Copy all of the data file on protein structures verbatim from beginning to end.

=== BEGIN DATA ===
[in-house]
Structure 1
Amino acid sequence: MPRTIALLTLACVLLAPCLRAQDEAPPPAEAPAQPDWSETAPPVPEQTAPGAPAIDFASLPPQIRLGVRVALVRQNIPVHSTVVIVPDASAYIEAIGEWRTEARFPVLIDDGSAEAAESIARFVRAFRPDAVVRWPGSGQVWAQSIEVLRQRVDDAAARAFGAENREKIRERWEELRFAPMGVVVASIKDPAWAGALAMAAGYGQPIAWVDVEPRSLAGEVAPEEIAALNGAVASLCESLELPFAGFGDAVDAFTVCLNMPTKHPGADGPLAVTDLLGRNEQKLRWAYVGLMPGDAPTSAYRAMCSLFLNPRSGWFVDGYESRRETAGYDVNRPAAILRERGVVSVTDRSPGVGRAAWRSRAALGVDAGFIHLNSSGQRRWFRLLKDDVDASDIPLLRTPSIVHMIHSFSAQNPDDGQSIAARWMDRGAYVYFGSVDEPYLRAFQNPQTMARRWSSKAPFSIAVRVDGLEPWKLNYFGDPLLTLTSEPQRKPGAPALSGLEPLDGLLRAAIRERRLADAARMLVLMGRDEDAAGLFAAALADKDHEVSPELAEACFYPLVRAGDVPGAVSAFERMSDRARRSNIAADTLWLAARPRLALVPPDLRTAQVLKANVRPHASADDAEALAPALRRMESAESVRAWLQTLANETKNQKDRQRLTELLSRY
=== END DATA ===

[in-house]
Structure 1
Amino acid sequence: MPRTIALLTLACVLLAPCLRAQDEAPPPAEAPAQPDWSETAPPVPEQTAPGAPAIDFASLPPQIRLGVRVALVRQNIPVHSTVVIVPDASAYIEAIGEWRTEARFPVLIDDGSAEAAESIARFVRAFRPDAVVRWPGSGQVWAQSIEVLRQRVDDAAARAFGAENREKIRERWEELRFAPMGVVVASIKDPAWAGALAMAAGYGQPIAWVDVEPRSLAGEVAPEEIAALNGAVASLCESLELPFAGFGDAVDAFTVCLNMPTKHPGADGPLAVTDLLGRNEQKLRWAYVGLMPGDAPTSAYRAMCSLFLNPRSGWFVDGYESRRETAGYDVNRPAAILRERGVVSVTDRSPGVGRAAWRSRAALGVDAGFIHLNSSGQRRWFRLLKDDVDASDIPLLRTPSIVHMIHSFSAQNPDDGQSIAARWMDRGAYVYFGSVDEPYLRAFQNPQTMARRWSSKAPFSIAVRVDGLEPWKLNYFGDPLLTLTSEPQRKPGAPALSGLEPLDGLLRAAIRERRLADAARMLVLMGRDEDAAGLFAAALADKDHEVSPELAEACFYPLVRAGDVPGAVSAFERMSDRARRSNIAADTLWLAARPRLALVPPDLRTAQVLKANVRPHASADDAEALAPALRRMESAESVRAWLQTLANETKNQKDRQRLTELLSRY